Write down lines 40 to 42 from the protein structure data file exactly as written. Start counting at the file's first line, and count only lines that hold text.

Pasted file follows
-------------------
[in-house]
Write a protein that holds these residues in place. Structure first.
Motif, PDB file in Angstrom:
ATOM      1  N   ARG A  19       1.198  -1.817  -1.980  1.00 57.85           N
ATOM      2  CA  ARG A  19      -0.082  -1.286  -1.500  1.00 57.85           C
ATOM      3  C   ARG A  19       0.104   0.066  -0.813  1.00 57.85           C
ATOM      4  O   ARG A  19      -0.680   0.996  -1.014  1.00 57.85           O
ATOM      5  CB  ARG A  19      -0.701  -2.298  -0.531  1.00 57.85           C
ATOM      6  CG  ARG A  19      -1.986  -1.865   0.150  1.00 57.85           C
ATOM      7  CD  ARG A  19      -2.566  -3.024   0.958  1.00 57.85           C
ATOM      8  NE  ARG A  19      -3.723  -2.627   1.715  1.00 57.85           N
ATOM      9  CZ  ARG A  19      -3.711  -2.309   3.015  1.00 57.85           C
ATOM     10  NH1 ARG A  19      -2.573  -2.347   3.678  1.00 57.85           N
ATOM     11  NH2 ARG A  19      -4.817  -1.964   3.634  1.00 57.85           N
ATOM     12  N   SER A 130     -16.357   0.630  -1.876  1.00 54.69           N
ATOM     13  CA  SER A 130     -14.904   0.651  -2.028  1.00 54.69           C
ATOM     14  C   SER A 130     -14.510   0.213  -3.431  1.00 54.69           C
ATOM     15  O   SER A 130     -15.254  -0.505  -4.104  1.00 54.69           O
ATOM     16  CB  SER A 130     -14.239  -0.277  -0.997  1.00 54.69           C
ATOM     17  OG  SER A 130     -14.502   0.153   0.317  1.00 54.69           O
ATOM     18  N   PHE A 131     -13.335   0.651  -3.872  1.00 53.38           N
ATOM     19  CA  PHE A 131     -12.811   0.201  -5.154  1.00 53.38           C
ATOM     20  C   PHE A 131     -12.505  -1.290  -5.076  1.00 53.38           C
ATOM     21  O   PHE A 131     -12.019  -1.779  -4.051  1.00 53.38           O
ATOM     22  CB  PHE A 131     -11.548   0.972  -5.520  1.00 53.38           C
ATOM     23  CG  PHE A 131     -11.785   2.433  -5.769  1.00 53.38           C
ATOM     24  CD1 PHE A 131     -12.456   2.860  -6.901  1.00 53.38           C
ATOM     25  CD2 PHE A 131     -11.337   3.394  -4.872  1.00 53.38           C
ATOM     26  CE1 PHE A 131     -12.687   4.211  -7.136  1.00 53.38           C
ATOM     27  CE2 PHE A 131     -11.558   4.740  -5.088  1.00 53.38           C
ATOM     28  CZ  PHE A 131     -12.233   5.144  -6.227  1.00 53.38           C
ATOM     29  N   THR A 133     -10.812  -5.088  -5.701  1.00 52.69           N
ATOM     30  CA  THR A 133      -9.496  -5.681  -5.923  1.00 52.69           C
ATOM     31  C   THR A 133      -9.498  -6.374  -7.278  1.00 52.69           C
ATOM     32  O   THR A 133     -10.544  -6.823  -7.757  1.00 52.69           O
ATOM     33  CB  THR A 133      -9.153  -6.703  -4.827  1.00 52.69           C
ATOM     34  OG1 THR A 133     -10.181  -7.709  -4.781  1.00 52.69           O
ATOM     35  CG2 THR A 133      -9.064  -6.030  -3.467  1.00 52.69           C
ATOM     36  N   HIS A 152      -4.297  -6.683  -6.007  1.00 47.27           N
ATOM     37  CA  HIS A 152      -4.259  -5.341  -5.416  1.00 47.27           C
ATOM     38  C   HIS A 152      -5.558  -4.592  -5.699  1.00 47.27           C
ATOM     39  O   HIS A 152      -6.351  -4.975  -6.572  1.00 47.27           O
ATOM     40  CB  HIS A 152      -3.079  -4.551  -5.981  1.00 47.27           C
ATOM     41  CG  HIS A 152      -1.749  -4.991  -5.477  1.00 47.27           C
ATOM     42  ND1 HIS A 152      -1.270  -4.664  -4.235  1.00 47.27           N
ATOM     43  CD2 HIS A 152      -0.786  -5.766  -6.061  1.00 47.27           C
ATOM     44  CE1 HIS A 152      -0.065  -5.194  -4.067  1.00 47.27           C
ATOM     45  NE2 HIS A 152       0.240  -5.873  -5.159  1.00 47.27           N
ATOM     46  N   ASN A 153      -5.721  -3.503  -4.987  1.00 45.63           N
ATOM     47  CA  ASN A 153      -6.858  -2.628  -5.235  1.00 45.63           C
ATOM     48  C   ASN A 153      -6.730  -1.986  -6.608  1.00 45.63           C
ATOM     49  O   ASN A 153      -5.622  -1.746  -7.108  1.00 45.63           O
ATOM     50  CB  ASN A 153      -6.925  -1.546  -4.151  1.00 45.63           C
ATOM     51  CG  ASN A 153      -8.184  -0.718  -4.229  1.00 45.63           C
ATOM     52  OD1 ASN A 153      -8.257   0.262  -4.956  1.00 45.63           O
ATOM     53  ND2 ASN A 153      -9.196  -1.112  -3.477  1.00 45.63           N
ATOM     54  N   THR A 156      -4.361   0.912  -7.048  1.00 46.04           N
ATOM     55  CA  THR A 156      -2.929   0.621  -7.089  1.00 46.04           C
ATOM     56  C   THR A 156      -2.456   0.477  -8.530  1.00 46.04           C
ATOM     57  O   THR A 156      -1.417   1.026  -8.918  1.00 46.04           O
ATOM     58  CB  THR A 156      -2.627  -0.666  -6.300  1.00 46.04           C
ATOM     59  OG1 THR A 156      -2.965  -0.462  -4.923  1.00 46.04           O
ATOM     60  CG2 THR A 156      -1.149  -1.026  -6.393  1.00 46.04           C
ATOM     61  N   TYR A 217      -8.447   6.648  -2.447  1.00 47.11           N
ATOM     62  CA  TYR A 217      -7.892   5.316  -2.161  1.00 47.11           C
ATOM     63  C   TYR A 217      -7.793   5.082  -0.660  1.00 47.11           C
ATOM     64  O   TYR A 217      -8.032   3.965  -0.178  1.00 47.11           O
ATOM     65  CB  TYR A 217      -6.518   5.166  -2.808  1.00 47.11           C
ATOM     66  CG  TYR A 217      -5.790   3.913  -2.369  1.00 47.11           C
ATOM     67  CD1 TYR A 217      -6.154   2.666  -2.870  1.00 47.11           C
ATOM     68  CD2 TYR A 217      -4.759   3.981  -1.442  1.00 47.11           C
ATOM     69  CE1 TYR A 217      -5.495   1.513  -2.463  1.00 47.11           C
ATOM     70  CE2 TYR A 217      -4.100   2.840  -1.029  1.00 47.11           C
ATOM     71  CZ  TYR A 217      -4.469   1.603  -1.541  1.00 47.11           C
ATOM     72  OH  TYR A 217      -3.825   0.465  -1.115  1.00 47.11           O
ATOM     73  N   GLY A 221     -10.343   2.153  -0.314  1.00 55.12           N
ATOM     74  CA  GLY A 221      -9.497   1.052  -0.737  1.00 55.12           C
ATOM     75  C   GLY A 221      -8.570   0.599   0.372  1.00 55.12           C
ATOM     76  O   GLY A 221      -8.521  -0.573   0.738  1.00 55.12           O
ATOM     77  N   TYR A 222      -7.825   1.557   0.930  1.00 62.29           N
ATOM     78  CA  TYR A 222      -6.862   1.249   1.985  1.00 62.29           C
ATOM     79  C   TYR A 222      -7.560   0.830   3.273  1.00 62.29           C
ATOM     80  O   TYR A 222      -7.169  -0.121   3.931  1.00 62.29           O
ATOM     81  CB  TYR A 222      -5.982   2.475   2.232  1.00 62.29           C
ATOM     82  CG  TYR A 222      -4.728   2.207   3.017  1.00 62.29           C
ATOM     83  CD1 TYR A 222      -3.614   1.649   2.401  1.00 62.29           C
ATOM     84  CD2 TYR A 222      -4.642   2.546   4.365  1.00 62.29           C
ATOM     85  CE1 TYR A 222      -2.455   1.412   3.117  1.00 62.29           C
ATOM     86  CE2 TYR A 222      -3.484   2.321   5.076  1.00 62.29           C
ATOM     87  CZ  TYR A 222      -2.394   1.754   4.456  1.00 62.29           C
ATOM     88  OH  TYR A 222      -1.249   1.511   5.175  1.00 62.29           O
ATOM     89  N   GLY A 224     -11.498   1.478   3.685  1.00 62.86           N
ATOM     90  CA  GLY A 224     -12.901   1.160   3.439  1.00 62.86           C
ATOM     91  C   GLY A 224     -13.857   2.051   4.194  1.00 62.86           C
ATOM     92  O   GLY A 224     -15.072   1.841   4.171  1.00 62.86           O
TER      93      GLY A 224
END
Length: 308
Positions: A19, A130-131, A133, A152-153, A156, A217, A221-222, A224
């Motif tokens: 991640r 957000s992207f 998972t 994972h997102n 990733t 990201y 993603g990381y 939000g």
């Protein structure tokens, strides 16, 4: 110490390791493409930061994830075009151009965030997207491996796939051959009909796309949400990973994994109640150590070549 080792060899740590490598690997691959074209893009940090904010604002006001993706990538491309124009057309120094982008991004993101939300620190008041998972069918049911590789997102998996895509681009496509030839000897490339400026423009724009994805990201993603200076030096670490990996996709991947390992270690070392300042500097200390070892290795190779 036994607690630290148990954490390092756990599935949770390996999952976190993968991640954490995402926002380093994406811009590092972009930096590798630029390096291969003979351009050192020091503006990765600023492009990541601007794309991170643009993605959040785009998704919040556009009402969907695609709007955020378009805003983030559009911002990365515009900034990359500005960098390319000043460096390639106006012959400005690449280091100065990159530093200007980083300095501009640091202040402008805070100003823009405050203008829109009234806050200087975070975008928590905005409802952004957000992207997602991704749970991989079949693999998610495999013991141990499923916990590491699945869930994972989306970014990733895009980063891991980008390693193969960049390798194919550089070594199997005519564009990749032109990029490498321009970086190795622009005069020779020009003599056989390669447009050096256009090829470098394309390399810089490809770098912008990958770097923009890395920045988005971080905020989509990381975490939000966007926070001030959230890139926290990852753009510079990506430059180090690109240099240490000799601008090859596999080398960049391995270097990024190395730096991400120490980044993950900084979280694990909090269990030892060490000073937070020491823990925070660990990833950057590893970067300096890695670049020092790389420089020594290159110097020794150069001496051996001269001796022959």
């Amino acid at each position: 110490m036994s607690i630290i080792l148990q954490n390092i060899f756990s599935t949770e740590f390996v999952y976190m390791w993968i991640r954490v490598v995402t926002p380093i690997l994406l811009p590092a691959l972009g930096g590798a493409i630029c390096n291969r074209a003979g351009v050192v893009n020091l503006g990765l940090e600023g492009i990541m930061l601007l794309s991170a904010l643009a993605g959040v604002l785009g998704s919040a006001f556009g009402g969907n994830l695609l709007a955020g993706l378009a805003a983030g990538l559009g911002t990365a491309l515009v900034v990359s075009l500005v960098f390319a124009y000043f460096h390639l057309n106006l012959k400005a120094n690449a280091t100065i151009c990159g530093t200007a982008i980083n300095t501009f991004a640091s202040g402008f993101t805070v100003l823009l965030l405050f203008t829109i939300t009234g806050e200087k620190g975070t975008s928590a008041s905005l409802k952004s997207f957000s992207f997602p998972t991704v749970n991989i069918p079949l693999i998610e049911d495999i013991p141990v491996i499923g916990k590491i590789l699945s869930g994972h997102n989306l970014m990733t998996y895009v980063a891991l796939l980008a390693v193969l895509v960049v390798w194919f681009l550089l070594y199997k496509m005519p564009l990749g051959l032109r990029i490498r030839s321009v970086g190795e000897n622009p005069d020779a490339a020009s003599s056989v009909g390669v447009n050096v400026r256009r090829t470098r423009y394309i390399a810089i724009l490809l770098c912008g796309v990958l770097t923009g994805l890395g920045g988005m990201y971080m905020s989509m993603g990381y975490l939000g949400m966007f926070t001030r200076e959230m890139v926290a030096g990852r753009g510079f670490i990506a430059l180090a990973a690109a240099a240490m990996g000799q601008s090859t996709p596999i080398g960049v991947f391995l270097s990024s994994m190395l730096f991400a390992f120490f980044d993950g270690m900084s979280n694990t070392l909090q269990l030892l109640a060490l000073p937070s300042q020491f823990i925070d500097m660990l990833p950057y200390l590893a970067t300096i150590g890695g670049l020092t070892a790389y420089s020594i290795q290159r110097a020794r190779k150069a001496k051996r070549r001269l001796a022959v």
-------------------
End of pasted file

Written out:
ATOM     37  CA  HIS A 152      -4.259  -5.341  -5.416  1.00 47.27           C
ATOM     38  C   HIS A 152      -5.558  -4.592  -5.699  1.00 47.27           C
ATOM     39  O   HIS A 152      -6.351  -4.975  -6.572  1.00 47.27           O